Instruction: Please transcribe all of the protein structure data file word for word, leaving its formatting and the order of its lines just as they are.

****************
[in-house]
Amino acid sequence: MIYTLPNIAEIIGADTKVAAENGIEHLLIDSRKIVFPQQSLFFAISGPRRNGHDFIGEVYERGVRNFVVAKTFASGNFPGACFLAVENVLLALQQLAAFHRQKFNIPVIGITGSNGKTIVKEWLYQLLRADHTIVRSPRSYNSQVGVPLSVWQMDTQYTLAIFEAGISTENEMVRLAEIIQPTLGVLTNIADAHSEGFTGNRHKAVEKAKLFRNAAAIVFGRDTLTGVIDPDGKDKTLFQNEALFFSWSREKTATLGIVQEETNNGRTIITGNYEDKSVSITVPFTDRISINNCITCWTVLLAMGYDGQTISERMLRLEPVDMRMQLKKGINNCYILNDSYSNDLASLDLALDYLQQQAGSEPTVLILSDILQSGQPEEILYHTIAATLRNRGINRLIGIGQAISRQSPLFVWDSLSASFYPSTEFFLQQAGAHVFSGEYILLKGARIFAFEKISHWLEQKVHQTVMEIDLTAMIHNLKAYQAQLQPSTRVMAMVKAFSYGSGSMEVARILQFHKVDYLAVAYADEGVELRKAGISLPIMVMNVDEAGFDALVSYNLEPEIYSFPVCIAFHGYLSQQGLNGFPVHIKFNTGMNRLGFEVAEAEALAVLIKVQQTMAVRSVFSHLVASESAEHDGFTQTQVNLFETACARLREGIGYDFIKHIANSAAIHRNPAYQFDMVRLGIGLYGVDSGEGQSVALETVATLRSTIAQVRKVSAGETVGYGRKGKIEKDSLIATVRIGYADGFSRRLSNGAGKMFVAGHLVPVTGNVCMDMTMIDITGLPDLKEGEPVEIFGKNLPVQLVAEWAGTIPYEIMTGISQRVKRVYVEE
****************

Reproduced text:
[in-house]
Amino acid sequence: MIYTLPNIAEIIGADTKVAAENGIEHLLIDSRKIVFPQQSLFFAISGPRRNGHDFIGEVYERGVRNFVVAKTFASGNFPGACFLAVENVLLALQQLAAFHRQKFNIPVIGITGSNGKTIVKEWLYQLLRADHTIVRSPRSYNSQVGVPLSVWQMDTQYTLAIFEAGISTENEMVRLAEIIQPTLGVLTNIADAHSEGFTGNRHKAVEKAKLFRNAAAIVFGRDTLTGVIDPDGKDKTLFQNEALFFSWSREKTATLGIVQEETNNGRTIITGNYEDKSVSITVPFTDRISINNCITCWTVLLAMGYDGQTISERMLRLEPVDMRMQLKKGINNCYILNDSYSNDLASLDLALDYLQQQAGSEPTVLILSDILQSGQPEEILYHTIAATLRNRGINRLIGIGQAISRQSPLFVWDSLSASFYPSTEFFLQQAGAHVFSGEYILLKGARIFAFEKISHWLEQKVHQTVMEIDLTAMIHNLKAYQAQLQPSTRVMAMVKAFSYGSGSMEVARILQFHKVDYLAVAYADEGVELRKAGISLPIMVMNVDEAGFDALVSYNLEPEIYSFPVCIAFHGYLSQQGLNGFPVHIKFNTGMNRLGFEVAEAEALAVLIKVQQTMAVRSVFSHLVASESAEHDGFTQTQVNLFETACARLREGIGYDFIKHIANSAAIHRNPAYQFDMVRLGIGLYGVDSGEGQSVALETVATLRSTIAQVRKVSAGETVGYGRKGKIEKDSLIATVRIGYADGFSRRLSNGAGKMFVAGHLVPVTGNVCMDMTMIDITGLPDLKEGEPVEIFGKNLPVQLVAEWAGTIPYEIMTGISQRVKRVYVEE